6. Cenote Angelita – Tulum
Cenote Angelita is one of the most popular cenotes in Mexico. It is located just a short drive from Tulum. The main feature of Cenote Angelita is the famous cloud of hydrogen sulfate that hangs over the water.
This strange phenomenon is caused by the interaction of fresh and saltwater in the cenote. Cenote Angelita is also popular for its clear water and beautiful underwater caves. Visitors can swim in the cenote, but it is not recommended to dive due to the depth of the water.
Unless, of course, you’re an experienced diver! There are a few things to consider before visiting Cenote Angelita. First, the hydrogen sulfate can be harmful to your skin and eyes, so it is important to wear a shirt and sunglasses.
Second, the water is very deep, so it is not recommended for weak swimmers. Finally, the cenote can be very crowded during peak times because of its popularity.
7. Cenote Ponderosa – Quintana Roo
Cenote Ponderosa is one of the most popular cenotes in the Riviera Maya. Located just a short drive from Tulum, it’s perfect for a day trip or an afternoon excursion.
Cenote Ponderosa is a large, open cenote with a deep pool of clear water. The main feature of Cenote Ponderosa is the dramatic cliffs that surround the cenote. These cliffs are perfect for cliff jumping.
There are a few things to bear in mind before visiting Cenote Ponderosa. First, the cenote is very deep, so weak swimmers would not be advised to enter. Second, the cliffs are high, so cliff jumping is only for experienced jumpers.
If you’re looking for an exciting and unique activity in the Riviera Maya, be sure to add Cenote Ponderosa to your list. It’s an experience you won’t soon forget!
8. Cenote Suytun – Valladolid
Cenote Suytun is a must-see for any visitor to Valladolid. This natural wonder is a cave cenote, meaning that it is a freshwater sinkhole that has been formed by the collapse of limestone bedrock.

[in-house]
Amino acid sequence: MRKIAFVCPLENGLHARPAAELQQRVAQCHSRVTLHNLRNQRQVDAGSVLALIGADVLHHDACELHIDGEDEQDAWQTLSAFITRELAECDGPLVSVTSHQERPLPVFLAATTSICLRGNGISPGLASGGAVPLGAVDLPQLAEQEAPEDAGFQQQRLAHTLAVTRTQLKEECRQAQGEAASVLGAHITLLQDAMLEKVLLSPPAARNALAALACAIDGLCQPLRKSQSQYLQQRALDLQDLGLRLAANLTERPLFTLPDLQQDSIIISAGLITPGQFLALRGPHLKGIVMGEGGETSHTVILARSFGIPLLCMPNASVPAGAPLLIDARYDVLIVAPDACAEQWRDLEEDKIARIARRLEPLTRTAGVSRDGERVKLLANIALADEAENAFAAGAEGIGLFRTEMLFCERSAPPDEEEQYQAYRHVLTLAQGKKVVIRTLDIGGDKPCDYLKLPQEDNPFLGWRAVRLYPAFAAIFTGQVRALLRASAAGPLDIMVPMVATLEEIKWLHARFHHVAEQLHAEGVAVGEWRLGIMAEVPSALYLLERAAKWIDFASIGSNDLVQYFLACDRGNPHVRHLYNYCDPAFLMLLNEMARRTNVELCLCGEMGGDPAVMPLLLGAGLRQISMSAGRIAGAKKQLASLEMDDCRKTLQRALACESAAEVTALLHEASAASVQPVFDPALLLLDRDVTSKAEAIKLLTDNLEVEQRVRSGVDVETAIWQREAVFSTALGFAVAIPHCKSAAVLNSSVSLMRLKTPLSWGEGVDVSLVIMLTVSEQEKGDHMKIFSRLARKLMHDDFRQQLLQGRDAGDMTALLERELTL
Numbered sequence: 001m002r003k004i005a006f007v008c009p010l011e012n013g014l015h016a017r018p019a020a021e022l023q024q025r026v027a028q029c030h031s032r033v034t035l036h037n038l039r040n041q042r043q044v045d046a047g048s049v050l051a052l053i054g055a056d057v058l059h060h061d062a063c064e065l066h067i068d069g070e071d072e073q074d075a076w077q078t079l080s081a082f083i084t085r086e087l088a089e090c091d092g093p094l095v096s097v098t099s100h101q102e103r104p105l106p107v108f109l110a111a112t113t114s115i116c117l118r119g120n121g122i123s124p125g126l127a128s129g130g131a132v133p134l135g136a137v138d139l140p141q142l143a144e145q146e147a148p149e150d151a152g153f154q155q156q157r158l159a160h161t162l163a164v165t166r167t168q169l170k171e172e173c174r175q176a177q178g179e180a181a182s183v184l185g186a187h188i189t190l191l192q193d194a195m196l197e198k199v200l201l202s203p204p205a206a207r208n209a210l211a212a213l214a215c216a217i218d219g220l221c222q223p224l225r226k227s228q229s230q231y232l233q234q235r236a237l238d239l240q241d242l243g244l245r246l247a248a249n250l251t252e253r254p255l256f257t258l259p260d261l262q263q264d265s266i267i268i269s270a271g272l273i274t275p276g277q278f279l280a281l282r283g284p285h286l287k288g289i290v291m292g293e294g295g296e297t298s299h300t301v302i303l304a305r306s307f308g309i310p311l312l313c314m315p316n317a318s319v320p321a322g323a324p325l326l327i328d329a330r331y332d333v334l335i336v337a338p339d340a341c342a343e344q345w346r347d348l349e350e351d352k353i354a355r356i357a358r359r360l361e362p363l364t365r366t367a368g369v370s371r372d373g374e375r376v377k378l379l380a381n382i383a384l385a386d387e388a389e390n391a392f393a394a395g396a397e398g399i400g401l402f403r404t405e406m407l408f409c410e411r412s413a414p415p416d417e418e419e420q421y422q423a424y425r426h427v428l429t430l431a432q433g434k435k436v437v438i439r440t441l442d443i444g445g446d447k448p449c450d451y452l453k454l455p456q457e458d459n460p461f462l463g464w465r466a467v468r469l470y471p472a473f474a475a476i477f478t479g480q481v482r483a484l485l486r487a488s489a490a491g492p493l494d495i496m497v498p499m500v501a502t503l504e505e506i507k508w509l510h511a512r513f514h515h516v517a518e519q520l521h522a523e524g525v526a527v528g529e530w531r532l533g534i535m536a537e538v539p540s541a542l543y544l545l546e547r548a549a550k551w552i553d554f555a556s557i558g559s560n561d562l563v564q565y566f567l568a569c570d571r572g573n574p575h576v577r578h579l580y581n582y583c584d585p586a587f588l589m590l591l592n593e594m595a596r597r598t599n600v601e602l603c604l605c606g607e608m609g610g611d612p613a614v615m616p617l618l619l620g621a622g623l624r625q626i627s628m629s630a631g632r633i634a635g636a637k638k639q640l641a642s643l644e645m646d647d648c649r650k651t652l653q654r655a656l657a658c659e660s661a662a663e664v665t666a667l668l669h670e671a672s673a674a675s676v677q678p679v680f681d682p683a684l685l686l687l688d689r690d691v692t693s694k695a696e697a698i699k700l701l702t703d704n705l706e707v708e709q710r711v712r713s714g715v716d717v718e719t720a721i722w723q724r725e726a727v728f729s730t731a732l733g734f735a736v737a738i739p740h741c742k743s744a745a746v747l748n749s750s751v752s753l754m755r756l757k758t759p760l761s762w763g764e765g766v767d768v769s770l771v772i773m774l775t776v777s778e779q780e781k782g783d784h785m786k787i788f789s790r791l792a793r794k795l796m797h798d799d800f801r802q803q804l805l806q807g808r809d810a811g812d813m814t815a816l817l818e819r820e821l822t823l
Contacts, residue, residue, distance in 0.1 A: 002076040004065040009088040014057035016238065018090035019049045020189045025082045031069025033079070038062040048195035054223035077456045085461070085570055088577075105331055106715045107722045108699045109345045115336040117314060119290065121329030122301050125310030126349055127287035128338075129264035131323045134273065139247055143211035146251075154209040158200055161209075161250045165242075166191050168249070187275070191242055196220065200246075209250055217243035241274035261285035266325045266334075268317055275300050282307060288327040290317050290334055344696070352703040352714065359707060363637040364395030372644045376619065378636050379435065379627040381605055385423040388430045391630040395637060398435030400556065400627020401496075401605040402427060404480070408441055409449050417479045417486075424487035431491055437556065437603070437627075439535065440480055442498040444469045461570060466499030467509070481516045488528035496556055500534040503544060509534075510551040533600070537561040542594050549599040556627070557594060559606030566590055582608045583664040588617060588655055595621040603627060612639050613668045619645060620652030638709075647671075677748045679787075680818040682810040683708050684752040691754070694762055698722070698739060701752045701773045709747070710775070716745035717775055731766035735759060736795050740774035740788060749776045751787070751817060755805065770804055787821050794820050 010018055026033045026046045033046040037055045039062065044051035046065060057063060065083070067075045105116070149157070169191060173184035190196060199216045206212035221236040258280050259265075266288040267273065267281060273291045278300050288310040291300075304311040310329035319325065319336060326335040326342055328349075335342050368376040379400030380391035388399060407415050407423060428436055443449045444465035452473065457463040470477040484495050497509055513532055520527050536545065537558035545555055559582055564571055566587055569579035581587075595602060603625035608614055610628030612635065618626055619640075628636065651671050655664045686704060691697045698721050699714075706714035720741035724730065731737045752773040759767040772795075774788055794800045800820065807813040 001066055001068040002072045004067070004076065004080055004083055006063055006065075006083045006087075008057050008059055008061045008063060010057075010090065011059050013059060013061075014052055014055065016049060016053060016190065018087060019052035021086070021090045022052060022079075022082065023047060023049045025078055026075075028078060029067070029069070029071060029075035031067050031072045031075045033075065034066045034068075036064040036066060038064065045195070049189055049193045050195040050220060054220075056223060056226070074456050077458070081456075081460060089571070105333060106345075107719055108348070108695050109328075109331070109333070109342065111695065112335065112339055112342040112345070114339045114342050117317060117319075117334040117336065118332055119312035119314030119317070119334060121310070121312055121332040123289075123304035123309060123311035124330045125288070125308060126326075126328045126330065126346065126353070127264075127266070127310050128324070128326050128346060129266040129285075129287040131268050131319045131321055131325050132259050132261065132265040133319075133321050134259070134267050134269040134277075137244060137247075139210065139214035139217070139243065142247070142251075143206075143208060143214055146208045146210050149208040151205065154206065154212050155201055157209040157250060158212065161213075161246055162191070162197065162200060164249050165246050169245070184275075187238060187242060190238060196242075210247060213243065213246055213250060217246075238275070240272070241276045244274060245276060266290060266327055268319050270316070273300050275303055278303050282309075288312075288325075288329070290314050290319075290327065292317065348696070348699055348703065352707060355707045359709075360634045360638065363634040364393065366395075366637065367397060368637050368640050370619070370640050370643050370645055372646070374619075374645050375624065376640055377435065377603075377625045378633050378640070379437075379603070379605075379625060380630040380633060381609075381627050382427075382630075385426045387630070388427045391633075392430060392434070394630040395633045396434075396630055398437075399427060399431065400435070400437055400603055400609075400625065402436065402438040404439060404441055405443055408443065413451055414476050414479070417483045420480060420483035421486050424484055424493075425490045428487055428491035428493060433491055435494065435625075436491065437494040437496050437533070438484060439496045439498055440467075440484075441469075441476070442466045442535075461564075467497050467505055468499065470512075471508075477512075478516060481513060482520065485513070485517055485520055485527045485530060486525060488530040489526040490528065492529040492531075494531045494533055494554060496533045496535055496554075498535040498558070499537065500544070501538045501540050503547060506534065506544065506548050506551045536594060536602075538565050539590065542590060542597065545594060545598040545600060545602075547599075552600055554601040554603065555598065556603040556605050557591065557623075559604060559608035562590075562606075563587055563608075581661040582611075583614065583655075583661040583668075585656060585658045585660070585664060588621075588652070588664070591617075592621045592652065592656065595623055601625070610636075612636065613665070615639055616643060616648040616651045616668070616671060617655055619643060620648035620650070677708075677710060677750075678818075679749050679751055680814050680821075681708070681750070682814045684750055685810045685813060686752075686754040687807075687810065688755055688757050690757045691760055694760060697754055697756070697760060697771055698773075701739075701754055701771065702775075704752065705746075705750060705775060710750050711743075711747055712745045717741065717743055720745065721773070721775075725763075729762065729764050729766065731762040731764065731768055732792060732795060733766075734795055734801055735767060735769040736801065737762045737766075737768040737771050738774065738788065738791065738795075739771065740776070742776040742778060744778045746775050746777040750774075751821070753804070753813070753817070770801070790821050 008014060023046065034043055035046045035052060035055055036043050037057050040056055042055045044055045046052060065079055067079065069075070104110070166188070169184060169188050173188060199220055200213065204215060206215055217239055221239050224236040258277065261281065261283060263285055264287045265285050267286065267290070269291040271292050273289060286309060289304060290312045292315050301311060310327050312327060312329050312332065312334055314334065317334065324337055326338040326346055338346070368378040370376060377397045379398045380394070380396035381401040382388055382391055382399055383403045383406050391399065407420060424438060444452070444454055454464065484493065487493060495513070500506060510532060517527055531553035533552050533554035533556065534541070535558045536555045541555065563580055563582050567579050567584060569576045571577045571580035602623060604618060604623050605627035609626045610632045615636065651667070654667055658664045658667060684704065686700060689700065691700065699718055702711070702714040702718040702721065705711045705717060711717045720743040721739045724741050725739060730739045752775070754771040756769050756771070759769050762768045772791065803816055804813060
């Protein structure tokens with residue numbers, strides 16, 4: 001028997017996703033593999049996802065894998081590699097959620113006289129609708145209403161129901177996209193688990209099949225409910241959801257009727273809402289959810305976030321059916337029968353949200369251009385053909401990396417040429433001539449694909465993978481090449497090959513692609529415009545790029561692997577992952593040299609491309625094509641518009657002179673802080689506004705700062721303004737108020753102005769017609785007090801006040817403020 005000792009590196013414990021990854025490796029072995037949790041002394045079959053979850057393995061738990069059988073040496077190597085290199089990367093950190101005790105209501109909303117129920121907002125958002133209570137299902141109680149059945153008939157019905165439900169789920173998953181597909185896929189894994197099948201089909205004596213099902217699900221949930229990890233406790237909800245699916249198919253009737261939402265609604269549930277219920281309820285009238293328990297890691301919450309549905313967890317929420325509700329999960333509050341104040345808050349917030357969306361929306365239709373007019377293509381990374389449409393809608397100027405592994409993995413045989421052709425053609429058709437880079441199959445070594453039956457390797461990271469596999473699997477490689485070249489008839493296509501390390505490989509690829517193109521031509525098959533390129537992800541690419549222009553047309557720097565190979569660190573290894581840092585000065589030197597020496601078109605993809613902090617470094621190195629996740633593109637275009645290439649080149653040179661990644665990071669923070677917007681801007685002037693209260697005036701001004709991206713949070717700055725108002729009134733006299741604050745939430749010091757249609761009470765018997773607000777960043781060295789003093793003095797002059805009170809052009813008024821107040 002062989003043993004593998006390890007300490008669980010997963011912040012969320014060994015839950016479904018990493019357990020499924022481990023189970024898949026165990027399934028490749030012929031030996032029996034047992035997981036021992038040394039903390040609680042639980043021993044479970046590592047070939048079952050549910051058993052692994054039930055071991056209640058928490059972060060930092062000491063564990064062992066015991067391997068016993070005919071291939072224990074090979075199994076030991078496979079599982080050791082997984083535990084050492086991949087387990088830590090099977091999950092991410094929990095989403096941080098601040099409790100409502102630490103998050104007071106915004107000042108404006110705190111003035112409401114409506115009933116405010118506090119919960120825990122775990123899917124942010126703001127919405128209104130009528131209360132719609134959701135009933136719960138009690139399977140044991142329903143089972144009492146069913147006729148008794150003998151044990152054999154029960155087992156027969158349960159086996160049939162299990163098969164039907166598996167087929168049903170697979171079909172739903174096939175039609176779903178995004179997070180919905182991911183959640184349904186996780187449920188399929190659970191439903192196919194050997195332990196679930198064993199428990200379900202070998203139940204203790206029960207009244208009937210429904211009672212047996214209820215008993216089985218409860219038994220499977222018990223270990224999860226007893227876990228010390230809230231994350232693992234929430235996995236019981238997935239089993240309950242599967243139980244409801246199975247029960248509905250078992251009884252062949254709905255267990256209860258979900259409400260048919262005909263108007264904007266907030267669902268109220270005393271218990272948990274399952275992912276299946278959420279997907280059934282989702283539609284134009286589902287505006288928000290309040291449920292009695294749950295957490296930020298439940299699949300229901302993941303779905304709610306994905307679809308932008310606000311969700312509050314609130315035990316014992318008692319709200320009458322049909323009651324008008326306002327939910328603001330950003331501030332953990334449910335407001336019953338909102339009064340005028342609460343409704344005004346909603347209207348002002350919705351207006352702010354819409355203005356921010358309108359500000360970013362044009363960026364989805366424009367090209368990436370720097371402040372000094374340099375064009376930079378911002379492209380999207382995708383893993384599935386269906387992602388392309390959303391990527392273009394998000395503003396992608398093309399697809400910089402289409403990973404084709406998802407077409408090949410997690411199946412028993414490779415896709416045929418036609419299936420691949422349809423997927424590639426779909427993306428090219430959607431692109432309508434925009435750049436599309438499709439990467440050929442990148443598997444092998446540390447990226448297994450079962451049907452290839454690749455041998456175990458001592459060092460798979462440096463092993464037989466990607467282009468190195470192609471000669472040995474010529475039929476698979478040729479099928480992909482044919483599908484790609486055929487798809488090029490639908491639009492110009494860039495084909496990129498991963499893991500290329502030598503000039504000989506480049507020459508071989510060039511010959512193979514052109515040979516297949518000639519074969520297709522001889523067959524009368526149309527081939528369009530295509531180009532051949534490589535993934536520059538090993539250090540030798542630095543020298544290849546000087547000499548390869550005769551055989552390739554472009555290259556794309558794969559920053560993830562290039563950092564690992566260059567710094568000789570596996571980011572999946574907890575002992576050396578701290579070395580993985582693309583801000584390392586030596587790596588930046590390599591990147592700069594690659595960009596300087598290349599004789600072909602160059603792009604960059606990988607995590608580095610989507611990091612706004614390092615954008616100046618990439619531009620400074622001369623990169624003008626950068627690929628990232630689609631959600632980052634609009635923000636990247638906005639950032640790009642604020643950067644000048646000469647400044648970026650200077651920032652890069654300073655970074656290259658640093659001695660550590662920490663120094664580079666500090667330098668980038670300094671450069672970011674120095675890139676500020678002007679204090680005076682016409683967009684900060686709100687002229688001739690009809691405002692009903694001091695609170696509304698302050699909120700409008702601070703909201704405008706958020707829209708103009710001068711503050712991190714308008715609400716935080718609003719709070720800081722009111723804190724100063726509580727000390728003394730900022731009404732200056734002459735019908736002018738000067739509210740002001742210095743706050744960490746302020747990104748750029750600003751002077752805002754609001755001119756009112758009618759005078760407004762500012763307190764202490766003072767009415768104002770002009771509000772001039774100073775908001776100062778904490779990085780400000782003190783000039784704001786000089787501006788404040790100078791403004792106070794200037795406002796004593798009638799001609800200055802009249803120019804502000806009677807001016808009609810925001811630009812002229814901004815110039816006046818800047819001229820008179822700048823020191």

The main feature of Cenote Suytun is its crystal-clear water, which is illuminated by a shaft of sunlight that streams down from the opening at the top of the cave.
Visitors can swim in the cenote or simply take in the breathtaking views. There are also several smaller caves and rock formations to explore, making Cenote Suytun an ideal spot for a day of adventure.
9. Cenote Zaci-Ha – Valladolid
Cenote Zaci-Ha is a refreshing oasis in the Mexican town of Valladolid. Visitors can expect to find a large, deep pool of water surrounded by towering cliffs. The main feature of the cenote is a half cave, which provides shade and relief from the hot sun.
There is also a small waterfall that cascades into the pool, adding to the refreshing atmosphere. Cenote Zaci-Ha is a popular spot for swimming and sunbathing, so visitors should be prepared for crowds during peak hours.
10. Cenote Azul – Playa del Carmen
Cenote Azul is another lovely spot that comes highly recommended by travelers to Playa del Carmen. This cenote is located just a short drive from the city center and is perfect for a day trip.
Cenote Azul is a large, open-air cenote with crystal-clear water. Visitors can swim, snorkel, and explore the caves and cliffs surrounding the cenote.
There are also several platforms where you can jump into the cenote, providing an adrenaline-pumping experience. So whether you’re looking to cool off on a hot day or get your heart racing, Cenote Azul will give you an unforgettable experience.
11. Cenote Siete Bocas – Puerto Morelos
Cenote Siete Bocas is located in the town of Puerto Morelos, just a short drive from Cancun. Visitors can expect to find a large, deep pool of water surrounded by mangroves and jungle.
The cenote’s most notable feature is a series of seven different openings, or “bocas,” which allow sunlight to filter into the water.
As a result, the caves are illuminated by sunlight that filters in from the surface, providing an ethereal experience. Cenote Siete Bocas is a popular spot for snorkeling, diving, swimming, and relaxing.